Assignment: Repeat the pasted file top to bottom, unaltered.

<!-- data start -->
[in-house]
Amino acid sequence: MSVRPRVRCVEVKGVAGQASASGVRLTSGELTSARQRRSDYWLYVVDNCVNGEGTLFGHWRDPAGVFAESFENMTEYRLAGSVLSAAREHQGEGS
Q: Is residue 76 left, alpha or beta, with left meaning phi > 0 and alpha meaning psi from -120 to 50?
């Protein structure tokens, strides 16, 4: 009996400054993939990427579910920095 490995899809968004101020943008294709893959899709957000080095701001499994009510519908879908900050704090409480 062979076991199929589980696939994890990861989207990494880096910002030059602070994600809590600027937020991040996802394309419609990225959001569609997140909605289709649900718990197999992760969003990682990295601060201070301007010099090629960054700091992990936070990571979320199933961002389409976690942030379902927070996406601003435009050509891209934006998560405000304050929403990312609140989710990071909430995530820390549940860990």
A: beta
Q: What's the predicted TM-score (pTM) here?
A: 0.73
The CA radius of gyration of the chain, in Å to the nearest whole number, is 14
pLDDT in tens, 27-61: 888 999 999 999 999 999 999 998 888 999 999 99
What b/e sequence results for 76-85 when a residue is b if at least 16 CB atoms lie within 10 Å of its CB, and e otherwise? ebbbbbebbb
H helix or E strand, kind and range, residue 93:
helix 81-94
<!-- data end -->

[in-house]
Amino acid sequence: MSVRPRVRCVEVKGVAGQASASGVRLTSGELTSARQRRSDYWLYVVDNCVNGEGTLFGHWRDPAGVFAESFENMTEYRLAGSVLSAAREHQGEGS
Q: Is residue 76 left, alpha or beta, with left meaning phi > 0 and alpha meaning psi from -120 to 50?
């Protein structure tokens, strides 16, 4: 009996400054993939990427579910920095 490995899809968004101020943008294709893959899709957000080095701001499994009510519908879908900050704090409480 062979076991199929589980696939994890990861989207990494880096910002030059602070994600809590600027937020991040996802394309419609990225959001569609997140909605289709649900718990197999992760969003990682990295601060201070301007010099090629960054700091992990936070990571979320199933961002389409976690942030379902927070996406601003435009050509891209934006998560405000304050929403990312609140989710990071909430995530820390549940860990």
A: beta
Q: What's the predicted TM-score (pTM) here?
A: 0.73
The CA radius of gyration of the chain, in Å to the nearest whole number, is 14
pLDDT in tens, 27-61: 888 999 999 999 999 999 999 998 888 999 999 99
What b/e sequence results for 76-85 when a residue is b if at least 16 CB atoms lie within 10 Å of its CB, and e otherwise? ebbbbbebbb
H helix or E strand, kind and range, residue 93:
helix 81-94